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Varicose veins in pregnancy

We explain why varicose veins are experienced by so many women during pregnancy and what you can do to prevent them
What are varicose veins?

Varicose veins is the name given to the appearance of enlarged, twisted blue veins that many women suffer from during pregnancy. They most commonly develop in the lower calves or on the inner legs between the ankle and top of the thigh, however, they can also occur around the anus (as haemorrhoids or 'piles') or vulva.

During pregnancy varicose veins are largely caused by the extra pressure that your developing baby and expanding uterus places on the network of veins in your lower body, in particular the inferior vena cava which is predominantly responsible for carrying blood from your lower body back to your heart. This extra pressure can somewhat slow the circulation in the lower body and therefore the speed with which veins carry blood back to the heart.

This slight slowing, combined with the increased volume of fluid circulating around your body can make it more likely for blood to pool in your veins and give them the bulging appearance characteristic of this condition.

Elevated levels of the 'pregnancy hormone' progesterone also play a significant role in the development of varicose veins in pregnancy by causing the walls of your blood vessels to relax. This in turn can cause the walls of your veins to thin and widen so when coupled with the extra pressure of your growing baby they take on a bulging appearance.

Varicose veins do tend to worsen as your pregnancy progresses and your baby places extra weight you your lower body.

What are the symptoms?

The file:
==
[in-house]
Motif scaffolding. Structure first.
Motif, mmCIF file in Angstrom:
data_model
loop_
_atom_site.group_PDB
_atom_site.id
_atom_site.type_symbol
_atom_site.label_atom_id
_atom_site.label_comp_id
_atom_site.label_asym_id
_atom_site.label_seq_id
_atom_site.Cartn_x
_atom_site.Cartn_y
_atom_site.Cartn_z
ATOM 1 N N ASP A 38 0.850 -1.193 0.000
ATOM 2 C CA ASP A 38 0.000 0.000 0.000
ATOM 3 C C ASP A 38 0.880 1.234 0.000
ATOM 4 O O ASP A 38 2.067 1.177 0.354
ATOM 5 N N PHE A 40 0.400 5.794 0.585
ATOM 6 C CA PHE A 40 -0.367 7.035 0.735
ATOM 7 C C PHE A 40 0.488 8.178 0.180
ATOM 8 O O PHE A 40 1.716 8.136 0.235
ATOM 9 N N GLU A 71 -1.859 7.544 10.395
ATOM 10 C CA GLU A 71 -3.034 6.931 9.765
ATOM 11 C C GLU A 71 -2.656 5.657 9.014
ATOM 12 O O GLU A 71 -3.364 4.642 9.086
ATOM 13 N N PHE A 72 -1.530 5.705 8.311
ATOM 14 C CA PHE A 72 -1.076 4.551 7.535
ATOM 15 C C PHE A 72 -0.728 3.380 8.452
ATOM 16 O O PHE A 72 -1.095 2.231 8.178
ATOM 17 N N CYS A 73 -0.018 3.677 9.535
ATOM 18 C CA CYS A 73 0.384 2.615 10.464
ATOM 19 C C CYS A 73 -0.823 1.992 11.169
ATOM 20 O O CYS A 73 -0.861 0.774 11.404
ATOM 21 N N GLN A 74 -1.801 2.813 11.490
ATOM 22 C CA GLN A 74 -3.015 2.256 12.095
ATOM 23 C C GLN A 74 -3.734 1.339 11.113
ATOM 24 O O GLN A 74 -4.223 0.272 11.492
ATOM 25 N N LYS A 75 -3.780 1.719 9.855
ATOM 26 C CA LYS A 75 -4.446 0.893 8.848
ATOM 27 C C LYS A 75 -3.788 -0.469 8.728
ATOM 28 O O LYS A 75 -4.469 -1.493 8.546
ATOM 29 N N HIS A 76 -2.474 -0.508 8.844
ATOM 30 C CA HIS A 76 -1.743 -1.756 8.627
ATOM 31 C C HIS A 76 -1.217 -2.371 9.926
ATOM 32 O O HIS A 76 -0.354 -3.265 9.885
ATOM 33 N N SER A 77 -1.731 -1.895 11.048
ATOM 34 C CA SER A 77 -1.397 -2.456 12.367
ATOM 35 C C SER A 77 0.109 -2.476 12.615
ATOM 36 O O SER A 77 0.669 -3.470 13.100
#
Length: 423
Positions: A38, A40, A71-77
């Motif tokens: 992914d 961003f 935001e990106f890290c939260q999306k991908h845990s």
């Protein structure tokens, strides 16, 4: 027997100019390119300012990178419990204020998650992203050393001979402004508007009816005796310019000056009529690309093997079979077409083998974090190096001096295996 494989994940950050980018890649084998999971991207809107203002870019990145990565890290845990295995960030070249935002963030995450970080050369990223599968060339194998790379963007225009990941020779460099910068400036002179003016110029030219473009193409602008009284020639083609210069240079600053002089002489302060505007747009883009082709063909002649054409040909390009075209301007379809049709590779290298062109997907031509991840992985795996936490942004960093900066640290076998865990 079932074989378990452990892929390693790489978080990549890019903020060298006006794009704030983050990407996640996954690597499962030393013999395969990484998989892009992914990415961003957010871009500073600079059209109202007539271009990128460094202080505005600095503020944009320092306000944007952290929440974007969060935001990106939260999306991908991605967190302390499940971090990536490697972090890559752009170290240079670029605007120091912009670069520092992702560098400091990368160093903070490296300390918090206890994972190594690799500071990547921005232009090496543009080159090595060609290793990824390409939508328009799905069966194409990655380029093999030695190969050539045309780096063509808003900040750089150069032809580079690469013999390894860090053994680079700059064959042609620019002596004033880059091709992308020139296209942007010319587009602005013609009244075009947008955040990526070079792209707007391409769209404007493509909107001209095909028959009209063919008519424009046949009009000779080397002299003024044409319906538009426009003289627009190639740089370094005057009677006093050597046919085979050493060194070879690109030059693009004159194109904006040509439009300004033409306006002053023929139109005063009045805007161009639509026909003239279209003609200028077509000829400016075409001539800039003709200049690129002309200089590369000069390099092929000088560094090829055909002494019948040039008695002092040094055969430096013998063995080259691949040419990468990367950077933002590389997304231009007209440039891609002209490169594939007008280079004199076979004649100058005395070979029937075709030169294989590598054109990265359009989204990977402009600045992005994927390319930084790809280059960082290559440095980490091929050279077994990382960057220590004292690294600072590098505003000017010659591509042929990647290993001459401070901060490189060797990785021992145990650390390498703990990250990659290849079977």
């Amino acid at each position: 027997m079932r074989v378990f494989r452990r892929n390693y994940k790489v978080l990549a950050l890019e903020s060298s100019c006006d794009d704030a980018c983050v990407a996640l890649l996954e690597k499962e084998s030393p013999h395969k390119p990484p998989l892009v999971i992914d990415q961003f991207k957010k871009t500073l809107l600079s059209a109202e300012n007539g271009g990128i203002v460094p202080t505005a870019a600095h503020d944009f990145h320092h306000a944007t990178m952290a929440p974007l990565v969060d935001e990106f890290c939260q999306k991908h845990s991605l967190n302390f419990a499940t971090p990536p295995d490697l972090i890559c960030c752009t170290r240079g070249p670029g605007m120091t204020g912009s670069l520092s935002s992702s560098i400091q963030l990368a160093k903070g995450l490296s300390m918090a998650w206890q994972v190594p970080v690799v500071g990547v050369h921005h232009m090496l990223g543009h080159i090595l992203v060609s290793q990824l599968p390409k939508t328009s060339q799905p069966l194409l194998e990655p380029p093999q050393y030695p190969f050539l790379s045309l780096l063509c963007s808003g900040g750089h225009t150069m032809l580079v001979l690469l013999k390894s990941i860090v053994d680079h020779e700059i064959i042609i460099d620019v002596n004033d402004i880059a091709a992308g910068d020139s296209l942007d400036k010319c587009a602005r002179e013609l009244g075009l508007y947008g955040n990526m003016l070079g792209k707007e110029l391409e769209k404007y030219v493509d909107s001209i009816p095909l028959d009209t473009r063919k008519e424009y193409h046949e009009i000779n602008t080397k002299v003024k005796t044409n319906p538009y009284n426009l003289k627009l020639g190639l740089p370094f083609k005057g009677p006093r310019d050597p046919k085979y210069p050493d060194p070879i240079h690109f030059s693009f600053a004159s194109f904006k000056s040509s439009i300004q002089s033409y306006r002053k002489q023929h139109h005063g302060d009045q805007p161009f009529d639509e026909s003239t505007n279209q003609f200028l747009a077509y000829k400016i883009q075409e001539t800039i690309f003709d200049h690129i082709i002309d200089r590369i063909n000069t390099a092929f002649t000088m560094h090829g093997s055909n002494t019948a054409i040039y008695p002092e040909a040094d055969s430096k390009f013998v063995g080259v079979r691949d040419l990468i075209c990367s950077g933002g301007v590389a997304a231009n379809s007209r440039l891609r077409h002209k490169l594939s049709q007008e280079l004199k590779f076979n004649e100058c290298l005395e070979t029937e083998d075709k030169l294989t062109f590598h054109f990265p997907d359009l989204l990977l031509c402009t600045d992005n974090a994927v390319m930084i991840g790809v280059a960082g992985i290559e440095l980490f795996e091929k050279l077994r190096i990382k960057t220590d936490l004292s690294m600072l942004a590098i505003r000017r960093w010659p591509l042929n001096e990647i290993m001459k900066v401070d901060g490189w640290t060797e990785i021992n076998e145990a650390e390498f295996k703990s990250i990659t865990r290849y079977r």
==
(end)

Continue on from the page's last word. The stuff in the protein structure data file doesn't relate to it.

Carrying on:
Typical symptoms of varicose veins include:
  • the appearance of enlarged blue, twisted veins under the skin

  • a feeling of heaviness in the legs

  • swollen legs

  • a creeping or itching feeling around the enlarged veins

  • a dull ache, throbbing or pain in the legs

Who gets them?

You're more likely to suffer with varicose veins if you:
  • Have a family history

  • Are overweight

  • Are carrying a big baby

  • Are expecting more than one baby

How do you prevent varicose veins?

If you suffer with the uncomfortable condition there is little you can do to prevent the development of varicose veins completely. However, there are a number of steps you can take to reduce the likelihood and severity of their appearance. Things you can try include:
  • Maintaining a healthy weight and avoiding excessive weight gain

  • Taking regular exercise to help boost circulation

  • Eating a healthy, balanced diet with plenty of fruit, vegetables and fibre

  • Drinking 8 glasses of water a day

  • Wearing support tights - try putting them on before you get out of bed in the morning

  • Sleeping on your left hand side - try wedging a pillow behind your back to stop you rolling over

  • Spending a little time each day with your legs and feet elevated on a foot stall or cushion

  • Avoid standing for long periods

  • Avoid sitting with your legs crossed

  • Steer clear of high heels and clothes that are tight around the legs, crotch or abdomen area

How can you treat varicose veins?

For most women the varicose veins they develop during pregnancy will start to gradually disappear after their baby is born. However, they are likely to reappear, and become worse during subsequent pregnancies. Although once again they should subside by the time your baby is several months old.

If varicose veins are causing you significant discomfort your doctor may be able to prescribe you with some heavy duty support tights to wear while you are pregnant as they can help prevent or at least lessen their development.

If your varicose veins don't subside after your baby is born and you find their appearance upsetting it is possible to have corrective surgery. However, you're unlikely to be able to get this treatment on the NHS (meaning you'll have to pay for it privately). For this reason if you are set on the idea of corrective surgery it's best to wait until you've completed your family and are sure that you're not going to have any more children as otherwise you run the risk that they will reappear during a subsequent pregnancy.

Are varicose veins harmful?

In the vast majority of cases varicose veins aren't the sign of a more serious medical condition and as such are rarely something to worry about beyond any discomfort they cause. However, if your legs, feet or ankles suddenly become very swollen or painful, you notice any sore lumps near the enlarged vein or the skin over or around the vein begins to bleed you should contact your doctor for further advice.

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